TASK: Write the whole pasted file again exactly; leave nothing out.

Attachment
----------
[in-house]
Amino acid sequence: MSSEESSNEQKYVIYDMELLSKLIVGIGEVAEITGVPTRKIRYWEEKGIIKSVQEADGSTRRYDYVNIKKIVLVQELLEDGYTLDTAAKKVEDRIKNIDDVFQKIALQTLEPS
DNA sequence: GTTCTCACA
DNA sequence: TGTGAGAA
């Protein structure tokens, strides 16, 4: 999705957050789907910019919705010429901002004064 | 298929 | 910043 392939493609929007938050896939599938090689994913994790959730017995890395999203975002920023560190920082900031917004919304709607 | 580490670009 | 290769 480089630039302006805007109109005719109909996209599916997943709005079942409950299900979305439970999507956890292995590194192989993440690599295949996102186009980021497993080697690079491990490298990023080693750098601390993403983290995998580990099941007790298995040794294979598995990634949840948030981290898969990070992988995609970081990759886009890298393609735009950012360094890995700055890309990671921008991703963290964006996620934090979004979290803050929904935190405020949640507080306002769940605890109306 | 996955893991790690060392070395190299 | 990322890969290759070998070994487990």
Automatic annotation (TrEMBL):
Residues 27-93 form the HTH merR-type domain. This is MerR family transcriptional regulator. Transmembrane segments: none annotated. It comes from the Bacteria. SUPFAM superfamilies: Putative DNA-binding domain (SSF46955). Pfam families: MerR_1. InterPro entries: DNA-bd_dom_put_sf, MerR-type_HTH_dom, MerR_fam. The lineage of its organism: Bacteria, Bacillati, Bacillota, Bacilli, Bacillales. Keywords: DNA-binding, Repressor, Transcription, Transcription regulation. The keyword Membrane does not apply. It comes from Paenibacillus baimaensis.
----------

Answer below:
[in-house]
Amino acid sequence: MSSEESSNEQKYVIYDMELLSKLIVGIGEVAEITGVPTRKIRYWEEKGIIKSVQEADGSTRRYDYVNIKKIVLVQELLEDGYTLDTAAKKVEDRIKNIDDVFQKIALQTLEPS
DNA sequence: GTTCTCACA
DNA sequence: TGTGAGAA
């Protein structure tokens, strides 16, 4: 999705957050789907910019919705010429901002004064 | 298929 | 910043 392939493609929007938050896939599938090689994913994790959730017995890395999203975002920023560190920082900031917004919304709607 | 580490670009 | 290769 480089630039302006805007109109005719109909996209599916997943709005079942409950299900979305439970999507956890292995590194192989993440690599295949996102186009980021497993080697690079491990490298990023080693750098601390993403983290995998580990099941007790298995040794294979598995990634949840948030981290898969990070992988995609970081990759886009890298393609735009950012360094890995700055890309990671921008991703963290964006996620934090979004979290803050929904935190405020949640507080306002769940605890109306 | 996955893991790690060392070395190299 | 990322890969290759070998070994487990």
Automatic annotation (TrEMBL):
Residues 27-93 form the HTH merR-type domain. This is MerR family transcriptional regulator. Transmembrane segments: none annotated. It comes from the Bacteria. SUPFAM superfamilies: Putative DNA-binding domain (SSF46955). Pfam families: MerR_1. InterPro entries: DNA-bd_dom_put_sf, MerR-type_HTH_dom, MerR_fam. The lineage of its organism: Bacteria, Bacillati, Bacillota, Bacilli, Bacillales. Keywords: DNA-binding, Repressor, Transcription, Transcription regulation. The keyword Membrane does not apply. It comes from Paenibacillus baimaensis.